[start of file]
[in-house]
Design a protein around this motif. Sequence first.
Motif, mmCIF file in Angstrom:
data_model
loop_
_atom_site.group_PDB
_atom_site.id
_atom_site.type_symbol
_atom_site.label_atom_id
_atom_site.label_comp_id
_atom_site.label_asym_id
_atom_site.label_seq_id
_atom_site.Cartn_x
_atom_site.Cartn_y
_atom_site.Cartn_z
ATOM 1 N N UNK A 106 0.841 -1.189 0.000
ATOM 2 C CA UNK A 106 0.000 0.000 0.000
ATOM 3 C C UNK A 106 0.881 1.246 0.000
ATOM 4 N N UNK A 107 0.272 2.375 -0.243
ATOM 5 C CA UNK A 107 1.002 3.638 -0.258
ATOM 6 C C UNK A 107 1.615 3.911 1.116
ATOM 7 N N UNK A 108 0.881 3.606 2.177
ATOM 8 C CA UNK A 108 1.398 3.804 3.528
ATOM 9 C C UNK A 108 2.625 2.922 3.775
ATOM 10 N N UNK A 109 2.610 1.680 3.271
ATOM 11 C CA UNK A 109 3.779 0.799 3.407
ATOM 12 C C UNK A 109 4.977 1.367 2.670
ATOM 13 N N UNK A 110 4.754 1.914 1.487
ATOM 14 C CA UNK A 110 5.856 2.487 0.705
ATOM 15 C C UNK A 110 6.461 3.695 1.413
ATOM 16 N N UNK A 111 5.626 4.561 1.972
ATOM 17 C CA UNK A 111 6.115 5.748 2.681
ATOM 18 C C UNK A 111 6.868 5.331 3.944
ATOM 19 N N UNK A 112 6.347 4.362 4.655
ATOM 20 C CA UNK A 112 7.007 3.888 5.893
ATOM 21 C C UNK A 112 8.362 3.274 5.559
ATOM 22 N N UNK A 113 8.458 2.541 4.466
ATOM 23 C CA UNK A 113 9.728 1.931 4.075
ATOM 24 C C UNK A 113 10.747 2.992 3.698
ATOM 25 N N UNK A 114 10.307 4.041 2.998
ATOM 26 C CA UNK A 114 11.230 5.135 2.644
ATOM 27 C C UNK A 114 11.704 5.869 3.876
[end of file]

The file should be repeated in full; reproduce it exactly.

[in-house]
Design a protein around this motif. Sequence first.
Motif, mmCIF file in Angstrom:
data_model
loop_
_atom_site.group_PDB
_atom_site.id
_atom_site.type_symbol
_atom_site.label_atom_id
_atom_site.label_comp_id
_atom_site.label_asym_id
_atom_site.label_seq_id
_atom_site.Cartn_x
_atom_site.Cartn_y
_atom_site.Cartn_z
ATOM 1 N N UNK A 106 0.841 -1.189 0.000
ATOM 2 C CA UNK A 106 0.000 0.000 0.000
ATOM 3 C C UNK A 106 0.881 1.246 0.000
ATOM 4 N N UNK A 107 0.272 2.375 -0.243
ATOM 5 C CA UNK A 107 1.002 3.638 -0.258
ATOM 6 C C UNK A 107 1.615 3.911 1.116
ATOM 7 N N UNK A 108 0.881 3.606 2.177
ATOM 8 C CA UNK A 108 1.398 3.804 3.528
ATOM 9 C C UNK A 108 2.625 2.922 3.775
ATOM 10 N N UNK A 109 2.610 1.680 3.271
ATOM 11 C CA UNK A 109 3.779 0.799 3.407
ATOM 12 C C UNK A 109 4.977 1.367 2.670
ATOM 13 N N UNK A 110 4.754 1.914 1.487
ATOM 14 C CA UNK A 110 5.856 2.487 0.705
ATOM 15 C C UNK A 110 6.461 3.695 1.413
ATOM 16 N N UNK A 111 5.626 4.561 1.972
ATOM 17 C CA UNK A 111 6.115 5.748 2.681
ATOM 18 C C UNK A 111 6.868 5.331 3.944
ATOM 19 N N UNK A 112 6.347 4.362 4.655
ATOM 20 C CA UNK A 112 7.007 3.888 5.893
ATOM 21 C C UNK A 112 8.362 3.274 5.559
ATOM 22 N N UNK A 113 8.458 2.541 4.466
ATOM 23 C CA UNK A 113 9.728 1.931 4.075
ATOM 24 C C UNK A 113 10.747 2.992 3.698
ATOM 25 N N UNK A 114 10.307 4.041 2.998
ATOM 26 C CA UNK A 114 11.230 5.135 2.644
ATOM 27 C C UNK A 114 11.704 5.869 3.876